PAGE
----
2009-05-10 The Musical Baptists of Fremont

(click to enlarge)

THEN: If I have counted correctly this ca. 1930 Fremont Baptist Orchestra is appointed with three cellos, eleven violins and violas, two saxophones, two clarinets, one coronet, one oboe, one flute and two members who seem to be hiding their instruments. (courtesy Fremont Baptist Church)
THEN: If I have counted correctly this ca. 1930 Fremont Baptist Orchestra is appointed with three cellos, eleven violins and violas, two saxophones, two clarinets, one coronet, one oboe, one flute and two members who seem to be hiding their instruments. (courtesy Fremont Baptist Church)
Members of the congregation mingle with Palm Sunday’s musicians at the front of the church on April 5, last.  Judy Gay, the church’s pastor, stands in her pulpit robe in the front line, left of center.
NOW: Members of the congregation mingle with Palm Sunday’s musicians at the front of the church on April 5, last. Judy Gay, the church’s pastor, stands in her pulpit robe in the front line, left of center.

Many Seattle churches got started in the 1890s in what were then Seattle’s suburbs with help from their “mother churches.”  For Fremont Baptist that was Seattle First Baptist. These Baptists of Fremont also got help from a railroad car.

The Evangel, a Baptist “Chapel Car,” arrived in the late winter of 1892 and was switched onto a spur near the Bryant Lumber Mill, Fremont’s big employer then. With 26 northend Baptists meeting on board, the church was organized on March 20.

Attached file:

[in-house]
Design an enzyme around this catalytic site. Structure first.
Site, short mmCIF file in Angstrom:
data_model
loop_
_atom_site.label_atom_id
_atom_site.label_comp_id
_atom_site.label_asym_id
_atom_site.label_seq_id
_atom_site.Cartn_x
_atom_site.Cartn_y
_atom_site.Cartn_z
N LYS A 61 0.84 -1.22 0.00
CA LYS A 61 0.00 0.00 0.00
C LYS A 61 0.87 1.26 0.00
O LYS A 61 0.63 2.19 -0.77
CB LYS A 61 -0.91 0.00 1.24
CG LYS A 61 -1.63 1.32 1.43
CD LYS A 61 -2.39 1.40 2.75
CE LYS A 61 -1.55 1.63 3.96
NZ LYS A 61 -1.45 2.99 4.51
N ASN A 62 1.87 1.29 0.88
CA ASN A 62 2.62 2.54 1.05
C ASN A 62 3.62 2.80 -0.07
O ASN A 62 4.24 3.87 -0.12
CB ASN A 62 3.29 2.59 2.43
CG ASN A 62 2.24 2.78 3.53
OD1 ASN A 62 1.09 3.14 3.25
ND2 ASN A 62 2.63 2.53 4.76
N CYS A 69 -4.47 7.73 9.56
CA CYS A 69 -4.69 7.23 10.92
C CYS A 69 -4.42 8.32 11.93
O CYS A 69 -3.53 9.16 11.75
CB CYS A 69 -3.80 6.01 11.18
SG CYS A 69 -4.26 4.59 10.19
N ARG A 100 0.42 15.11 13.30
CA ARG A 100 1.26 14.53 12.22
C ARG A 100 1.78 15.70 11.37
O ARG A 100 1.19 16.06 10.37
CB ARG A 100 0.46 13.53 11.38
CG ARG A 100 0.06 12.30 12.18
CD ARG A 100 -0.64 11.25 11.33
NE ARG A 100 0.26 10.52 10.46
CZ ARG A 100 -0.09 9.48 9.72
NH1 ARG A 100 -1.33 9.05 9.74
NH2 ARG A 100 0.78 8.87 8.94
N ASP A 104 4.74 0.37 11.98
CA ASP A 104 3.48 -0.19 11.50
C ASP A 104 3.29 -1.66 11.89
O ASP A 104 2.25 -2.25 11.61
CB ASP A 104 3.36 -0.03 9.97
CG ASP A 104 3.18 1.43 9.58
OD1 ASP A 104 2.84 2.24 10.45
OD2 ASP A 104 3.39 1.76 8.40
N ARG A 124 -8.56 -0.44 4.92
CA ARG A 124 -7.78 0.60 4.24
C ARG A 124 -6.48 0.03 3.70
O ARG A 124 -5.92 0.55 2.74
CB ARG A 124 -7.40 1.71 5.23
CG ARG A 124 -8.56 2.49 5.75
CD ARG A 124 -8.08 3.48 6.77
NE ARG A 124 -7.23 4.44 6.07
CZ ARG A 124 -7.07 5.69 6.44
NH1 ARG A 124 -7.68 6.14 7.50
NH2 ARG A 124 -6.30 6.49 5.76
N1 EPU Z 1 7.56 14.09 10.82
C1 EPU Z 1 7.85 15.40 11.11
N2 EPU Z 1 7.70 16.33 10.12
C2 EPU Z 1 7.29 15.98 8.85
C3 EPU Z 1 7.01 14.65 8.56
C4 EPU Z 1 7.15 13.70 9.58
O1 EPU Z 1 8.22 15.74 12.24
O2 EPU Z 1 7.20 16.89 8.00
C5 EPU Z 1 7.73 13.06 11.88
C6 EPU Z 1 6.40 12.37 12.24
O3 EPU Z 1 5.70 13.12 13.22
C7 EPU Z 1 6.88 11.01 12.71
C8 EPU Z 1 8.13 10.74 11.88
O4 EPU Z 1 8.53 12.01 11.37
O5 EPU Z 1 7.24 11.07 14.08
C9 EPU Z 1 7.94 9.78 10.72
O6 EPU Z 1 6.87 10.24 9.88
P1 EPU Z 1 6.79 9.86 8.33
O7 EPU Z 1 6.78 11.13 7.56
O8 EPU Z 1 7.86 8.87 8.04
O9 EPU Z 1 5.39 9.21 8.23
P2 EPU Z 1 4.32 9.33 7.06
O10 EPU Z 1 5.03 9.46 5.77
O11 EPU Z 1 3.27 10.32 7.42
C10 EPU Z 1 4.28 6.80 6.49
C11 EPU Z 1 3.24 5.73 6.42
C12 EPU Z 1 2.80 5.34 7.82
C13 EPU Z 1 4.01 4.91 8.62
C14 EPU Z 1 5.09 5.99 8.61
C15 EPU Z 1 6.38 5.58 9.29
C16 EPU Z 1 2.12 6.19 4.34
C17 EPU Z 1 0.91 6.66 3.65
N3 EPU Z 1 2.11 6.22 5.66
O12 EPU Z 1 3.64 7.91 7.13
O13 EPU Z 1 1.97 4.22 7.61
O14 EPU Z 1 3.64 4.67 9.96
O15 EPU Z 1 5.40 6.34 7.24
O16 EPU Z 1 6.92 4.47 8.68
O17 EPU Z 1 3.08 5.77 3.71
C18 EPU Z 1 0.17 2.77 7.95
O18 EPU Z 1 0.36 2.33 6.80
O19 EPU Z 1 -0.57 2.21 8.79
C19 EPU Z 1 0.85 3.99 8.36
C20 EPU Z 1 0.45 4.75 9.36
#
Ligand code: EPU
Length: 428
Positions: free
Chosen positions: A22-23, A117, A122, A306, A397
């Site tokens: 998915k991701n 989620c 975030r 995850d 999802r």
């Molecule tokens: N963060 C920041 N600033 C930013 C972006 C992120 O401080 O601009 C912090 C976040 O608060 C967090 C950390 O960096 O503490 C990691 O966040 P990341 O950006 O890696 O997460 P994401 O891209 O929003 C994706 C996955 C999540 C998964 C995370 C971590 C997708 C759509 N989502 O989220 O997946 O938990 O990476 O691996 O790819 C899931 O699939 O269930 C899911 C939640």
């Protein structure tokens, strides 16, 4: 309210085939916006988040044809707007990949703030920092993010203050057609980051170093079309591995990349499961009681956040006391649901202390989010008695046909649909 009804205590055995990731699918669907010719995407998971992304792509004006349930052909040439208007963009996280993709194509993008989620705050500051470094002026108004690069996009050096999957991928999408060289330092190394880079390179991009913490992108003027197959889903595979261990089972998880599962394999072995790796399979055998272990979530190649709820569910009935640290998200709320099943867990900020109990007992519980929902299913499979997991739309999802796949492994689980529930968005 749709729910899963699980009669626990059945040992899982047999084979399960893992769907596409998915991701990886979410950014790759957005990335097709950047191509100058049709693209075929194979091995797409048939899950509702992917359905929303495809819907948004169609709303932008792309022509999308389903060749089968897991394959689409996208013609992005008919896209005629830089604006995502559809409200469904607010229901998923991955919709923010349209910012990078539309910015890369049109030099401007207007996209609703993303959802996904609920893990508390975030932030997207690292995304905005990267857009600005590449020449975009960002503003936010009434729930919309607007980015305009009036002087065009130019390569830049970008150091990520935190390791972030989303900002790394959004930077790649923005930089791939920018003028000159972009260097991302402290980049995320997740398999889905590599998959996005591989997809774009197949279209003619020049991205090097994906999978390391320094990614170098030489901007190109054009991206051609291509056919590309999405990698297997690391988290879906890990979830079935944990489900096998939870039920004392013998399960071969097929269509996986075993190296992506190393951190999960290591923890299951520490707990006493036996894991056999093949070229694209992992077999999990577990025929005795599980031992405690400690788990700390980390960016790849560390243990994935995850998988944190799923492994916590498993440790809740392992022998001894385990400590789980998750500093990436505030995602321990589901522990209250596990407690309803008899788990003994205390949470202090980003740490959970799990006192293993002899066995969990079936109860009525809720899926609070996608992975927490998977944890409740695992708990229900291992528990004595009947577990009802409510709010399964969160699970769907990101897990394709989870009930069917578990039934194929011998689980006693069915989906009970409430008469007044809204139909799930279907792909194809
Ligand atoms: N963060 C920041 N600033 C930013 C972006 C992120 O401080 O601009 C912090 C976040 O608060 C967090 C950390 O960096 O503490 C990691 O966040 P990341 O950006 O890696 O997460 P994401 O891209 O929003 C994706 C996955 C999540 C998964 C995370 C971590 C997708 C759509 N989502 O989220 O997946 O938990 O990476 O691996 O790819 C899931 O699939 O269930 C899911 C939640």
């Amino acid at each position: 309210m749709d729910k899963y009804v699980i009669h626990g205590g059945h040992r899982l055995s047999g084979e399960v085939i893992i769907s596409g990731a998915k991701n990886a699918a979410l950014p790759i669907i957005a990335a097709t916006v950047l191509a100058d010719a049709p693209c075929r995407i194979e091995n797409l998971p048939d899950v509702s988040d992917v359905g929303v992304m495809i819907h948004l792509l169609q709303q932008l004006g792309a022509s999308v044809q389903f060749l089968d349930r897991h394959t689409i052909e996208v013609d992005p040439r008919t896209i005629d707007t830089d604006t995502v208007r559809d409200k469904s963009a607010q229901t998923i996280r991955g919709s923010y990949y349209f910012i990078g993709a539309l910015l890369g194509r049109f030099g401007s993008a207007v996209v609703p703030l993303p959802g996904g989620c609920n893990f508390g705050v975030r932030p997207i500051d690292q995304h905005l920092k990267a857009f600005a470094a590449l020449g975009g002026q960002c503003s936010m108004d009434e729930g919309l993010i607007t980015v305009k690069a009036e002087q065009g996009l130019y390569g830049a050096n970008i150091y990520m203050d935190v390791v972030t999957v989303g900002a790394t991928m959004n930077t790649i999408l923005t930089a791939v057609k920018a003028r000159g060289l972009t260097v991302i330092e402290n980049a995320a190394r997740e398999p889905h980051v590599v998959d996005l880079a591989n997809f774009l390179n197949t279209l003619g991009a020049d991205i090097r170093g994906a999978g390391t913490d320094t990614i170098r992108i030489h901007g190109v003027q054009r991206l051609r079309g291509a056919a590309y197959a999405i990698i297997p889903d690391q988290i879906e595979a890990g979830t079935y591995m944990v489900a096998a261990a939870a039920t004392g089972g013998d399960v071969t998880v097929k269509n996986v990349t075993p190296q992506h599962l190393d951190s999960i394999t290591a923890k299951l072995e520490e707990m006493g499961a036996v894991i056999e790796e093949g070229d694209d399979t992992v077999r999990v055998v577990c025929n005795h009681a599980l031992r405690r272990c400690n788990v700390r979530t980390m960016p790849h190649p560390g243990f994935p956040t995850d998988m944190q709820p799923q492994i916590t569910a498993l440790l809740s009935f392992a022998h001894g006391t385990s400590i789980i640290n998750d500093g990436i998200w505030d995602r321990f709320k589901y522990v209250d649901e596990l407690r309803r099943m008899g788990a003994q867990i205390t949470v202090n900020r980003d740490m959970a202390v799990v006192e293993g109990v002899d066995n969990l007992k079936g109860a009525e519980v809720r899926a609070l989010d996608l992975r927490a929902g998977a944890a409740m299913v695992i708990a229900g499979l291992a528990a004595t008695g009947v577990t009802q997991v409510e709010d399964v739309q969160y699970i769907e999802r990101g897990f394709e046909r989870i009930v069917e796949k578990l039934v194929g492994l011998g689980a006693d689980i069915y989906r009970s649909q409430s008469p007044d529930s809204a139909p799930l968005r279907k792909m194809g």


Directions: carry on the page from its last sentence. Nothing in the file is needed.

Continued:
The congregation’s first frame sanctuary overlooked Fremont from 36th Street, and its replacement, the brick church did too. It was built in 1924 – in eight months – and was distinguished by two big signs.  First, in large block letters “Fremont Baptist” was painted on its exposed south façade facing Seattle, and in 1950 the roof began to glow with what the church history describes as a “large, dignified neon sign.”

Fremont Baptist was also distinguished by its music.  Still neither the date nor most of the members of the church orchestra shown here are identified.  An exception is the postman-cellist Jesse Willits, posing far right and three seats to his right (your left) his violinist wife Rowena, in white.  In the “now” photo far right, Jesse and Rowena’s granddaughter Mary Allen holds in the place of her forebear’s cello a photo blow-up of the historical scene.

Next Sunday, May 17, from 2 to 5 p.m. Fremont Baptist and the Fremont Historical Society are co-sponsoring an Open House of the church at 717 N. 36th St. Tours and an exhibit of church and neighborhood photographs will be musically accompanied by the church’s Estey pipe organ, which started life as a theater organ in Bremerton.

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Mary Allen, a 3rd generation Fremont Baptist, points out her grandmother Rowena Willits.
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Dedicated on March 24, 1901 the wooden sanctuary was 44x66 feet and built at a cost of $3,200. Especially important for a Baptist congregation it had a baptistery, but Fremont Baptist had no basement. That was added later.
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Between 1919 and 1924 more contiguous lots were bought on the site and on April 7, 1924 ground was broken for the new sanctuary, which was dedicated only a few months later on December 7. This picture is most likely a record of the ground breaking for the congregation’s new home, which was started first beside its old home.

One thought on “2009-05-10 The Musical Baptists of Fremont”

  1. I found this historical article and the photos via a friends Facebook page. It was good to read the history and great fun to see the smiling faces of today, standing in the entrance. My great grandfather, Rev. Samuel G. Reading, was one of Fremont Baptist’s ministers; my mother Louise was one of the “stalwart” members. My sister and I grew up at Fremont. Many good memories and good people.

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